calls for TPR to pause or abandon its pursuit of a new DB funding framework. This has been consistently rejected, with TPR noting that now more than ever, DB schemes need a stable long-term funding objective. It is already accepted that despite operating largely as intended, the existing regime needs to be improved.

TPR is eager that its proposals do not add to the regulatory burden on schemes. The aim is to benchmark what an effective scheme funding approach looks like.

The clarity provided should be helpful to both sponsoring and trustees. For its part, TPR recognises the need for flexibility.

The webinar largely reiterated the original proposals and emphasised the questions on which TPR seeks views. There were some interesting points of note emanating from the two Q&A sessions.

TPR refuted the accusation that . . .

27 Aug 2020  

  PPF COMPENSATION UNSETTLED
Press reports this week have drawn attention to an interesting High Court hearing last month, of which judgment is expected in October 2020, in which the Board of the Pension Protection Fund (PPF) and Dalriada Trustees jointly asked the Court for guidance on the correct interpretation of legislation.

The case focused on the Fraud Compensation Fund (FCF), set up under the Pensions Act 2004, which replaced the Pensions Compensation Board (PCB)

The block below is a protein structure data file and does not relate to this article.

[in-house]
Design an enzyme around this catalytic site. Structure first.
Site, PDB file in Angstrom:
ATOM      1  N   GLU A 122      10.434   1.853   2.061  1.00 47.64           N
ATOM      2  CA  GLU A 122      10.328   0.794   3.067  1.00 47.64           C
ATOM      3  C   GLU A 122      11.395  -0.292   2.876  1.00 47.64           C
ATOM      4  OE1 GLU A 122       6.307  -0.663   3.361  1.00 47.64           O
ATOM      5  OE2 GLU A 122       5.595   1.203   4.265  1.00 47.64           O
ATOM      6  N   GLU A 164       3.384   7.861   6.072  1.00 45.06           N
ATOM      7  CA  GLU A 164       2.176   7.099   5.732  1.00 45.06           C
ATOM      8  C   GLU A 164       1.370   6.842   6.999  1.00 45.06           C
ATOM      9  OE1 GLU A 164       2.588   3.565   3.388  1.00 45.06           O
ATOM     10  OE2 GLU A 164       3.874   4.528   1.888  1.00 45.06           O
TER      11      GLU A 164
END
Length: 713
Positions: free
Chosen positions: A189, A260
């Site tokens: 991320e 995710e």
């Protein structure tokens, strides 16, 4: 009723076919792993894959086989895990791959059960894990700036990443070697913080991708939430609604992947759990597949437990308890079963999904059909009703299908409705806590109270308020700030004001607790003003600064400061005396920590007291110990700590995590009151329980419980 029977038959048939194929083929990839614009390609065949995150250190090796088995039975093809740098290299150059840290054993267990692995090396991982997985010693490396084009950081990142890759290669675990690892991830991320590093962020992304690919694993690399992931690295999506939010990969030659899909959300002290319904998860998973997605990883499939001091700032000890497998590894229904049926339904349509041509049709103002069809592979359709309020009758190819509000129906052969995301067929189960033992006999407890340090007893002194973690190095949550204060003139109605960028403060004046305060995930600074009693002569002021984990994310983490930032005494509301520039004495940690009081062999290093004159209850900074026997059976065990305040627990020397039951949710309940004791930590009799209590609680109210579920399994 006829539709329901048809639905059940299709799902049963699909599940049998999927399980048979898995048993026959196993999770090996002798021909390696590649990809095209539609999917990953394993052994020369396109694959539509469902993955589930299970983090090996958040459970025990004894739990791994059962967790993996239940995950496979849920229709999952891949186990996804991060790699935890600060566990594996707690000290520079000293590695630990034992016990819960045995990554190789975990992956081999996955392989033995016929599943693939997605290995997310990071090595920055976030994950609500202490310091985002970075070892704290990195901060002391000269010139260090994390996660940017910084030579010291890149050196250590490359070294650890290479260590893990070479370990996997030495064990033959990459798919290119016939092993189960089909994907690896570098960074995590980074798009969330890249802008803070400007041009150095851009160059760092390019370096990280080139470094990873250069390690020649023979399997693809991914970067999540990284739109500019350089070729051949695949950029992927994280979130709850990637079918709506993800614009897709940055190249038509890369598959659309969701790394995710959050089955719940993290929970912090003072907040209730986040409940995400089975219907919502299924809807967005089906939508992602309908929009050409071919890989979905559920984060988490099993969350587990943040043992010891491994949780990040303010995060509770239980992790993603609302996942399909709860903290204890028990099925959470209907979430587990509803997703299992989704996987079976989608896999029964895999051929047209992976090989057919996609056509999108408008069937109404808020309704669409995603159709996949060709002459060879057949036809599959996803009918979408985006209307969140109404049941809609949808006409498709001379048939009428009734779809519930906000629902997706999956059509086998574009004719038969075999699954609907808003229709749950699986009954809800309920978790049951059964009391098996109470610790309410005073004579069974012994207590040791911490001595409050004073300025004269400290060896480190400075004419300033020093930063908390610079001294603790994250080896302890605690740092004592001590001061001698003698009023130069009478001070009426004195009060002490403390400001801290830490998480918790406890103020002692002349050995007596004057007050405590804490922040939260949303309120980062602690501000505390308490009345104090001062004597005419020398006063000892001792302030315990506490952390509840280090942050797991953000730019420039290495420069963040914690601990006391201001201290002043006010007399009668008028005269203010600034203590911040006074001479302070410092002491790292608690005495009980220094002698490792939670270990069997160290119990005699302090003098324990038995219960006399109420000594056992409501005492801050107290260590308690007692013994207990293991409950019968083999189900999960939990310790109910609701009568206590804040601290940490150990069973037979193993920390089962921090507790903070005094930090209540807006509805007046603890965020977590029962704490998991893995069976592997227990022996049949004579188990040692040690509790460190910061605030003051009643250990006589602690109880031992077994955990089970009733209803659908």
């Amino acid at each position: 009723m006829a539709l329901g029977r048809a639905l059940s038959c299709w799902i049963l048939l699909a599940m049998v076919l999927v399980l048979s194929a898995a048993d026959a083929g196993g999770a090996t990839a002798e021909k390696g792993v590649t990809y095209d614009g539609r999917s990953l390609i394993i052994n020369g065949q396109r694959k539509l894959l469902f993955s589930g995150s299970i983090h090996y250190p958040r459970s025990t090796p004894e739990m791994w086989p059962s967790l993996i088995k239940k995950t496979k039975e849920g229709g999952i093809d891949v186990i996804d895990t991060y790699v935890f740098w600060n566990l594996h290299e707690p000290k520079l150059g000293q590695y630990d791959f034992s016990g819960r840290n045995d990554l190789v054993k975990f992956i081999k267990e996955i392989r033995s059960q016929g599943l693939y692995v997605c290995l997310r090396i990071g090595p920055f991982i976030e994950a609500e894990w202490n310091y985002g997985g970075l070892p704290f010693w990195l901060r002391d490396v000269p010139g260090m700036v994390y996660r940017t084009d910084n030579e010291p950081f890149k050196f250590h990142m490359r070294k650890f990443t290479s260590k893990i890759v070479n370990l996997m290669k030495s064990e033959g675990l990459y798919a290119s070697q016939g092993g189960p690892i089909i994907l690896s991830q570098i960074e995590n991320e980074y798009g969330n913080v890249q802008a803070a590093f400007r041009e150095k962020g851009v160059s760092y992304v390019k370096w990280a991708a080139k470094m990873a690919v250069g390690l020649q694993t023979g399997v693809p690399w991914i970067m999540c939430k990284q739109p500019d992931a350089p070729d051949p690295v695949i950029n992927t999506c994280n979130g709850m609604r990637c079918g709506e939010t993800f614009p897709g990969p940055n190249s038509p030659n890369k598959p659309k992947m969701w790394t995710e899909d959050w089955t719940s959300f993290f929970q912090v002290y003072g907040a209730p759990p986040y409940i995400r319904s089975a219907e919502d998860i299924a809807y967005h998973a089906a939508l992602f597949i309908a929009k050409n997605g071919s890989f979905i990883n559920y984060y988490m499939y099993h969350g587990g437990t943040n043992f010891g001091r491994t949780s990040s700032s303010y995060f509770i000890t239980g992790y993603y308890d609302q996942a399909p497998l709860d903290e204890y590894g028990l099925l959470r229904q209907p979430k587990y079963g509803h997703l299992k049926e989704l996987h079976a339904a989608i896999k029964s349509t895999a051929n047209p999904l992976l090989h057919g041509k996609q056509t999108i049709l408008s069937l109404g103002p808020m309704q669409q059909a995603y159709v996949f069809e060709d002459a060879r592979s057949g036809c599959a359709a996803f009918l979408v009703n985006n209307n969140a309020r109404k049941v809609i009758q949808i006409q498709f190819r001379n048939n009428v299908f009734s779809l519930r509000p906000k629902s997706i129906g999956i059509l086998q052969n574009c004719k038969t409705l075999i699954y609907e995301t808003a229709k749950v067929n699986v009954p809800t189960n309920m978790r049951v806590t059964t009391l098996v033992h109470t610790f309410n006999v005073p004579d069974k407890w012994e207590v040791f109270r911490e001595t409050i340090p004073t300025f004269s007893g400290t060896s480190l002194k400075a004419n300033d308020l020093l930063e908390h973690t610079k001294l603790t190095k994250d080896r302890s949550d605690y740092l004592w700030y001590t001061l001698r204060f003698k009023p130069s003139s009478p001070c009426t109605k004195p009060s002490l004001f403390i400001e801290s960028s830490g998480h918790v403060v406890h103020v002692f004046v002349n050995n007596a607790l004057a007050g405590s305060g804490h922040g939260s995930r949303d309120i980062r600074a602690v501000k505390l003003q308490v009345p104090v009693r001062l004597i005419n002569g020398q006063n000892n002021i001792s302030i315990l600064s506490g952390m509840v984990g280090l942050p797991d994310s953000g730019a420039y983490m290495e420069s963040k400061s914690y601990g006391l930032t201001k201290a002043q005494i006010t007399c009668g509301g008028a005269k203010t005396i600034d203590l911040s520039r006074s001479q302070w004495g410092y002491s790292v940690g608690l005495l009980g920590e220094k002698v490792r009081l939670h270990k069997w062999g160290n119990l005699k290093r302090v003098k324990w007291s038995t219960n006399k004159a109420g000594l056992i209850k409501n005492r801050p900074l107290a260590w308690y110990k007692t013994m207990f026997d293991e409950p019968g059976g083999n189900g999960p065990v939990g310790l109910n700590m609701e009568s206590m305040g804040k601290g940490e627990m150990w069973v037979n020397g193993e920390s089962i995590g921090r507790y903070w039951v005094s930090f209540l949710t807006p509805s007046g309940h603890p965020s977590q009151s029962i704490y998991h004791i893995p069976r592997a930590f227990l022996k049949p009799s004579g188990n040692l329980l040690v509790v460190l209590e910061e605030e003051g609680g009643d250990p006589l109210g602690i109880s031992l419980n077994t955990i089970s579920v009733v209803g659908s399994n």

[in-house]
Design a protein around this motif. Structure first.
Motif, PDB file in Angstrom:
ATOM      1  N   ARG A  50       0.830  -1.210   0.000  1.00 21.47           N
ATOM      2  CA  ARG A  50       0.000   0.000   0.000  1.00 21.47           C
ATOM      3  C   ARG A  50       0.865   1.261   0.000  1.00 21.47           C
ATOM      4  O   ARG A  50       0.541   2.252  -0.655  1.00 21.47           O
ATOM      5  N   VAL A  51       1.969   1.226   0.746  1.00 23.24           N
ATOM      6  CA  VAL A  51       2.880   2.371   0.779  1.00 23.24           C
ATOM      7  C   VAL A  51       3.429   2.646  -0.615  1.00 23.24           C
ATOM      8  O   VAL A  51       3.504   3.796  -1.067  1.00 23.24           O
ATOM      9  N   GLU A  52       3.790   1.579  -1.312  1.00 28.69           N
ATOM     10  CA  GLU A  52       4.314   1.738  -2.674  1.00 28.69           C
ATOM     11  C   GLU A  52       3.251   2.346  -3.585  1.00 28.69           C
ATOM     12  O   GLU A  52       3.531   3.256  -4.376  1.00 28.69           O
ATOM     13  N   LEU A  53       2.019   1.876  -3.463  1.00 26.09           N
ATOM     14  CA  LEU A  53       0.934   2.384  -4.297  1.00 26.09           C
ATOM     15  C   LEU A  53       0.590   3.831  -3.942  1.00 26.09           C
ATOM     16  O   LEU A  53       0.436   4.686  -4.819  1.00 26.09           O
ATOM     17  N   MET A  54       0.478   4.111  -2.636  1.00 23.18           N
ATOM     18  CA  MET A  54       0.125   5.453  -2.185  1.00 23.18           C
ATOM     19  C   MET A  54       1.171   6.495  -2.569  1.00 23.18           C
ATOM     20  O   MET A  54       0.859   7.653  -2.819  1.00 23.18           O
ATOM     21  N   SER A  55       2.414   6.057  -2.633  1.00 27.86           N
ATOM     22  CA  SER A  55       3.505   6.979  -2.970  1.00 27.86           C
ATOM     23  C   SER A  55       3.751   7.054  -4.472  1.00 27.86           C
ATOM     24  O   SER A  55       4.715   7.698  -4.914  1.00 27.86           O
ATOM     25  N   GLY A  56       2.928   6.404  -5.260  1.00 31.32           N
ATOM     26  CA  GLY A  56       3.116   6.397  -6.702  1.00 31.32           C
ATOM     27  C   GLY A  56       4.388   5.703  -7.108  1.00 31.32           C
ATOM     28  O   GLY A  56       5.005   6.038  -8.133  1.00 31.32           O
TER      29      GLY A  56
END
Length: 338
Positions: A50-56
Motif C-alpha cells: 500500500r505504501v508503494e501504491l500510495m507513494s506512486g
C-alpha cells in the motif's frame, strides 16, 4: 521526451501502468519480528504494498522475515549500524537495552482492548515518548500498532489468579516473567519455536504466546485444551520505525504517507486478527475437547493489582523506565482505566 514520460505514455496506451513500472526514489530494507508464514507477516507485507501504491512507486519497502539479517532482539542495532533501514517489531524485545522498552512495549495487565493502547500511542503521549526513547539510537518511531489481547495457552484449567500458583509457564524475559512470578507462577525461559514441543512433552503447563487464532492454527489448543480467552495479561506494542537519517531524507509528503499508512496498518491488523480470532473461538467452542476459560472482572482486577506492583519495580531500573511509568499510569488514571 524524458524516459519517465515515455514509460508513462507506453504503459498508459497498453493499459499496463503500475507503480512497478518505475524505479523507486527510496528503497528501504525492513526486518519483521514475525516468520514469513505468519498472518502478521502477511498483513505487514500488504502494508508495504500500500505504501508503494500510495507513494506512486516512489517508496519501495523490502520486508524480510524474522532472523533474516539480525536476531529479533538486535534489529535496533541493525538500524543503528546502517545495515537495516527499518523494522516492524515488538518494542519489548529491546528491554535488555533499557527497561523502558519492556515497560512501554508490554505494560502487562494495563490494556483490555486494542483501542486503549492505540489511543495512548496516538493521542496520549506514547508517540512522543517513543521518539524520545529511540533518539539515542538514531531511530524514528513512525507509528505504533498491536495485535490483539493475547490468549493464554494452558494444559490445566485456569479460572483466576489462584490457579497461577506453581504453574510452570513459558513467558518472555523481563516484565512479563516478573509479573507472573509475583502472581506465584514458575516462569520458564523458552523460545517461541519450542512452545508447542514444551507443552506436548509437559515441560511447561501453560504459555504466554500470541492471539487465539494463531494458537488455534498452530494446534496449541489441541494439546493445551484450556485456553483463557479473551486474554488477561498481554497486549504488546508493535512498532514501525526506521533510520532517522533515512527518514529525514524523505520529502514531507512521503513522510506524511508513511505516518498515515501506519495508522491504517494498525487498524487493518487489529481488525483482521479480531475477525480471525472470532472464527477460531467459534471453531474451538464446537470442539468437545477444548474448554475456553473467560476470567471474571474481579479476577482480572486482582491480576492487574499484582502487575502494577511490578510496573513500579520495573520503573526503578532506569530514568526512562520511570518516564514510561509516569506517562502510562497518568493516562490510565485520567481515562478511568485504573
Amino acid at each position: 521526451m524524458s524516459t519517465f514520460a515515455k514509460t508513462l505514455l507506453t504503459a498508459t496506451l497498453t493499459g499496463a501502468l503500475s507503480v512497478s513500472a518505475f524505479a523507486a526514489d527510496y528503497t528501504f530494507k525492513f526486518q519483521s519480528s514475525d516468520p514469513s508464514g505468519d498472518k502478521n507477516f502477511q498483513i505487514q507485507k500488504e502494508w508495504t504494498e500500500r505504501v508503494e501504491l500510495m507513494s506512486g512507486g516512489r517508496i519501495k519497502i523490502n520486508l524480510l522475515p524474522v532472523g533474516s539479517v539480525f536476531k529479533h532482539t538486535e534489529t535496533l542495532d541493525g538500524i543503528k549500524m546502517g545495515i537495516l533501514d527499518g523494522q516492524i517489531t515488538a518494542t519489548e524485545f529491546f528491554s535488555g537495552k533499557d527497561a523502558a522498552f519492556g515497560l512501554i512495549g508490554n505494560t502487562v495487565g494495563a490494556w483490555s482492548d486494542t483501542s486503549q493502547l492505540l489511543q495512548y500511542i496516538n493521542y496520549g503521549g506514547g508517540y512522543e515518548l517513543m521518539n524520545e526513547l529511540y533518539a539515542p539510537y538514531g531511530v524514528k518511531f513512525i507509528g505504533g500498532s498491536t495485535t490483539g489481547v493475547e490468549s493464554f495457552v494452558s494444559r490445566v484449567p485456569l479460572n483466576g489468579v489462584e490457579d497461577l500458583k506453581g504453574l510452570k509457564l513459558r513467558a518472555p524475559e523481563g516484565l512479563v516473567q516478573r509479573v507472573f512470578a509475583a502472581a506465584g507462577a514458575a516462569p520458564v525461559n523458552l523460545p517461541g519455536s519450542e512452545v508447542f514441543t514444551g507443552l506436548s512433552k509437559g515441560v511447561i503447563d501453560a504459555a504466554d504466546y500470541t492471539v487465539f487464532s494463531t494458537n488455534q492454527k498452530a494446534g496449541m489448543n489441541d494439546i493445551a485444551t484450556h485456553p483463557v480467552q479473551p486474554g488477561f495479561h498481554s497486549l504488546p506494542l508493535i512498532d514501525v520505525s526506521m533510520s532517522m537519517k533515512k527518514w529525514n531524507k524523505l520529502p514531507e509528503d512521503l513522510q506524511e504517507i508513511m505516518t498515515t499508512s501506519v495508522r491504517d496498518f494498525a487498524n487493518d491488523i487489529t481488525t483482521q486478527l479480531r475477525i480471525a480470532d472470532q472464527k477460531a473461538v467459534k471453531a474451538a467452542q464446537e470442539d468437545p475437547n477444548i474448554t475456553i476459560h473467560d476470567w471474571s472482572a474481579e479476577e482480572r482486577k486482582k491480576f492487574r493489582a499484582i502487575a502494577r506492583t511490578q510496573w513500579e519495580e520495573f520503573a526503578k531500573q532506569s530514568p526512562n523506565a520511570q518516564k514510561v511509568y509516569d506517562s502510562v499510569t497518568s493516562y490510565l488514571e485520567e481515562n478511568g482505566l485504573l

from 1 September 2005. In the eight years of its existence the PCB only ever paid out three claims, viz.

* £42,104.87 in three tranches (most recent December 2001) to the trustees of the Warwick Group Pension Scheme;

* £13,906.88 on 5.8.02 to Biltons Tableware Scheme; and finally

* a total of £2,886,167, in seven tranches (the final payment of £2,376,754 on

22.12.04), to the independent trustee of the Cheney Pension Scheme (Independent Trustee Services Ltd, part of the Jardine Lloyd Thompson Group).

Although data is hard to come by, it would appear equally few successful claims have been made to the FCF in the past fifteen years. None were paid in 2019; although the PPF's most recent annual report and accounts for 2018/19 notes that four . . .

21 Aug 2020  

  IHT AND PENSIONS: SUPREME COURT GIVES FINAL ANSWER IN STAVELEY CASE
In 2018, HMRC succeeded in the Court of Appeal in overturning a previous decision by the Upper Tier Tribunal (UTT) in the case of HMRC v Parry & Ors, relating to a pension transfer in October 2006 by Mrs R F Staveley, two months before her death.

HMRC's stance was that both the transfer from her s.32 policy to a personal pension (PP), and subsequently omitting to take lifetime benefits from the PP, were lifetime transfers of value for Inheritance Tax (IHT) purposes. HMRC argued her actions were

designed to confer a gratuitous benefit upon her two sons (her beneficiaries on death). The UTT had found as a matter of fact that her sole motive had been to exclude the possibility of her ex-husband benefiting; thus IHT was not due on either the transfer or the omission.

Conversely, the Court of Appeal found instead that Mrs Staveley's estate had failed to prove the transfer was not made in order to reduce IHT liability. HMRC argued that she could have directed the

benefit to her own estate, which is the position taken in the IHT Manual. The one positive from the case was that Mrs Staveley's decision not to take benefits from the PP after the transfer, from 6 April 2011 was no longer justification for HMRC to levy an IHT charge.

On 19 August 2020, by a majority of 3-2, the Supreme Court partially allowed the appeal by the executors of Mrs . . .

21 Aug 2020